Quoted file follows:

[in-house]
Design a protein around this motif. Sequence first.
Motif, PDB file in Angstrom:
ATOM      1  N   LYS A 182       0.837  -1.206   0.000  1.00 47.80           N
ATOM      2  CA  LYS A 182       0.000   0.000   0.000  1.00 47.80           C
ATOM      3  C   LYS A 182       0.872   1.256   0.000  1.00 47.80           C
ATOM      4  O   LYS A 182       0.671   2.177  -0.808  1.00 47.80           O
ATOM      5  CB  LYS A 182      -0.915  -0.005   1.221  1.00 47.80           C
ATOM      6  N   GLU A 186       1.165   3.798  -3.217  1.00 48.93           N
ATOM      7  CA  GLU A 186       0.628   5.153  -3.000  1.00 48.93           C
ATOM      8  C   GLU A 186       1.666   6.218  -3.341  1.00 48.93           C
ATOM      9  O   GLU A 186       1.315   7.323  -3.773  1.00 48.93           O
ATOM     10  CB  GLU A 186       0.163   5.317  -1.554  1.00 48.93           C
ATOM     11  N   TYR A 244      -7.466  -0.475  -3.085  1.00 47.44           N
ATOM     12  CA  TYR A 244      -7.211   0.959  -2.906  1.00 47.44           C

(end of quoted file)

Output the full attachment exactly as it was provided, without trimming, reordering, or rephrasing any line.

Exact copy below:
[in-house]
Design a protein around this motif. Sequence first.
Motif, PDB file in Angstrom:
ATOM      1  N   LYS A 182       0.837  -1.206   0.000  1.00 47.80           N
ATOM      2  CA  LYS A 182       0.000   0.000   0.000  1.00 47.80           C
ATOM      3  C   LYS A 182       0.872   1.256   0.000  1.00 47.80           C
ATOM      4  O   LYS A 182       0.671   2.177  -0.808  1.00 47.80           O
ATOM      5  CB  LYS A 182      -0.915  -0.005   1.221  1.00 47.80           C
ATOM      6  N   GLU A 186       1.165   3.798  -3.217  1.00 48.93           N
ATOM      7  CA  GLU A 186       0.628   5.153  -3.000  1.00 48.93           C
ATOM      8  C   GLU A 186       1.666   6.218  -3.341  1.00 48.93           C
ATOM      9  O   GLU A 186       1.315   7.323  -3.773  1.00 48.93           O
ATOM     10  CB  GLU A 186       0.163   5.317  -1.554  1.00 48.93           C
ATOM     11  N   TYR A 244      -7.466  -0.475  -3.085  1.00 47.44           N
ATOM     12  CA  TYR A 244      -7.211   0.959  -2.906  1.00 47.44           C